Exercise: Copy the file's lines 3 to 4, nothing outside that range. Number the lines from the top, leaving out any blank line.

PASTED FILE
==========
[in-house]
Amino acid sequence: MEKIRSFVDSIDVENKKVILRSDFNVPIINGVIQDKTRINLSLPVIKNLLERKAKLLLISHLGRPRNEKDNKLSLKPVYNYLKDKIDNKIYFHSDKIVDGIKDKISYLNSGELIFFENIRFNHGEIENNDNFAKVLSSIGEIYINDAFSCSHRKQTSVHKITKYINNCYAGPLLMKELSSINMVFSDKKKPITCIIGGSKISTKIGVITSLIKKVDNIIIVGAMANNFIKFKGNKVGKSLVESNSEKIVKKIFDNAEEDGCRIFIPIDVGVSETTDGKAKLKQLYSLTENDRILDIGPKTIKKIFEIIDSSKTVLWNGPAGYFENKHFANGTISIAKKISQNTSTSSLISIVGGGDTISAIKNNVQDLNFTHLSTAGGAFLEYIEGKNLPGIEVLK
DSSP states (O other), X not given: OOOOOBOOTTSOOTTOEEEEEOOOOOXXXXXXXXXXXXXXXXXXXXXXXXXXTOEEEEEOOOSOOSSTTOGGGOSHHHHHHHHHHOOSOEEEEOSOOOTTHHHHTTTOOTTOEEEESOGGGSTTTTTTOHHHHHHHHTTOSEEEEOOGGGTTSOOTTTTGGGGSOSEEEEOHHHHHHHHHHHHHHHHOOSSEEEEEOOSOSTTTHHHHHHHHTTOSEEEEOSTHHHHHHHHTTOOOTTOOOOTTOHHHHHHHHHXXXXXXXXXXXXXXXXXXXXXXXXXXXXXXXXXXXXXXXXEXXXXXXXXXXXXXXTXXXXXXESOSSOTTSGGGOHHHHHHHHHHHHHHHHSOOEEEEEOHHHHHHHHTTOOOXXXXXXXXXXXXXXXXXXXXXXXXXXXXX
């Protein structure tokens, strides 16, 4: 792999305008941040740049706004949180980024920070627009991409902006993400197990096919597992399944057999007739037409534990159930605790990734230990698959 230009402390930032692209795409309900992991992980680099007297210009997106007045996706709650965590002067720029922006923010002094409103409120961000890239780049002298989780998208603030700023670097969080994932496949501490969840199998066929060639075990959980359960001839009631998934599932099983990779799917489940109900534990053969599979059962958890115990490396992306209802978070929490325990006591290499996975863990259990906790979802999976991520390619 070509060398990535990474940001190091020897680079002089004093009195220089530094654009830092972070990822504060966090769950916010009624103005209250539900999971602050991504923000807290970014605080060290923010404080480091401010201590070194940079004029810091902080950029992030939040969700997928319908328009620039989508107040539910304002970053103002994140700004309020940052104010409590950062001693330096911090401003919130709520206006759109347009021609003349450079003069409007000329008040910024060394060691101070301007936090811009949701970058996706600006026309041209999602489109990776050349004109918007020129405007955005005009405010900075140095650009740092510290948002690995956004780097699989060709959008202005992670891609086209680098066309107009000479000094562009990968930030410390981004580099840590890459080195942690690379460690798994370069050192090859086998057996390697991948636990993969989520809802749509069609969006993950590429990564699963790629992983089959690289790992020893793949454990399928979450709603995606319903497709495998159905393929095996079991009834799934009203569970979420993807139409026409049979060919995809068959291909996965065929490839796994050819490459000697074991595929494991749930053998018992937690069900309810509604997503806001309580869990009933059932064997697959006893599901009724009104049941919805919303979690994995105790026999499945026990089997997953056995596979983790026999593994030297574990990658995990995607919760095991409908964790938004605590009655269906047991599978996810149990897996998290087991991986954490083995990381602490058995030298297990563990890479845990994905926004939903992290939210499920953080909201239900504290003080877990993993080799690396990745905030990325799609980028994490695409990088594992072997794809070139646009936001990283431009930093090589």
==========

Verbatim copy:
DSSP states (O other), X not given: OOOOOBOOTTSOOTTOEEEEEOOOOOXXXXXXXXXXXXXXXXXXXXXXXXXXTOEEEEEOOOSOOSSTTOGGGOSHHHHHHHHHHOOSOEEEEOSOOOTTHHHHTTTOOTTOEEEESOGGGSTTTTTTOHHHHHHHHTTOSEEEEOOGGGTTSOOTTTTGGGGSOSEEEEOHHHHHHHHHHHHHHHHOOSSEEEEEOOSOSTTTHHHHHHHHTTOSEEEEOSTHHHHHHHHTTOOOTTOOOOTTOHHHHHHHHHXXXXXXXXXXXXXXXXXXXXXXXXXXXXXXXXXXXXXXXXEXXXXXXXXXXXXXXTXXXXXXESOSSOTTSGGGOHHHHHHHHHHHHHHHHSOOEEEEEOHHHHHHHHTTOOOXXXXXXXXXXXXXXXXXXXXXXXXXXXXX
């Protein structure tokens, strides 16, 4: 792999305008941040740049706004949180980024920070627009991409902006993400197990096919597992399944057999007739037409534990159930605790990734230990698959 230009402390930032692209795409309900992991992980680099007297210009997106007045996706709650965590002067720029922006923010002094409103409120961000890239780049002298989780998208603030700023670097969080994932496949501490969840199998066929060639075990959980359960001839009631998934599932099983990779799917489940109900534990053969599979059962958890115990490396992306209802978070929490325990006591290499996975863990259990906790979802999976991520390619 070509060398990535990474940001190091020897680079002089004093009195220089530094654009830092972070990822504060966090769950916010009624103005209250539900999971602050991504923000807290970014605080060290923010404080480091401010201590070194940079004029810091902080950029992030939040969700997928319908328009620039989508107040539910304002970053103002994140700004309020940052104010409590950062001693330096911090401003919130709520206006759109347009021609003349450079003069409007000329008040910024060394060691101070301007936090811009949701970058996706600006026309041209999602489109990776050349004109918007020129405007955005005009405010900075140095650009740092510290948002690995956004780097699989060709959008202005992670891609086209680098066309107009000479000094562009990968930030410390981004580099840590890459080195942690690379460690798994370069050192090859086998057996390697991948636990993969989520809802749509069609969006993950590429990564699963790629992983089959690289790992020893793949454990399928979450709603995606319903497709495998159905393929095996079991009834799934009203569970979420993807139409026409049979060919995809068959291909996965065929490839796994050819490459000697074991595929494991749930053998018992937690069900309810509604997503806001309580869990009933059932064997697959006893599901009724009104049941919805919303979690994995105790026999499945026990089997997953056995596979983790026999593994030297574990990658995990995607919760095991409908964790938004605590009655269906047991599978996810149990897996998290087991991986954490083995990381602490058995030298297990563990890479845990994905926004939903992290939210499920953080909201239900504290003080877990993993080799690396990745905030990325799609980028994490695409990088594992072997794809070139646009936001990283431009930093090589």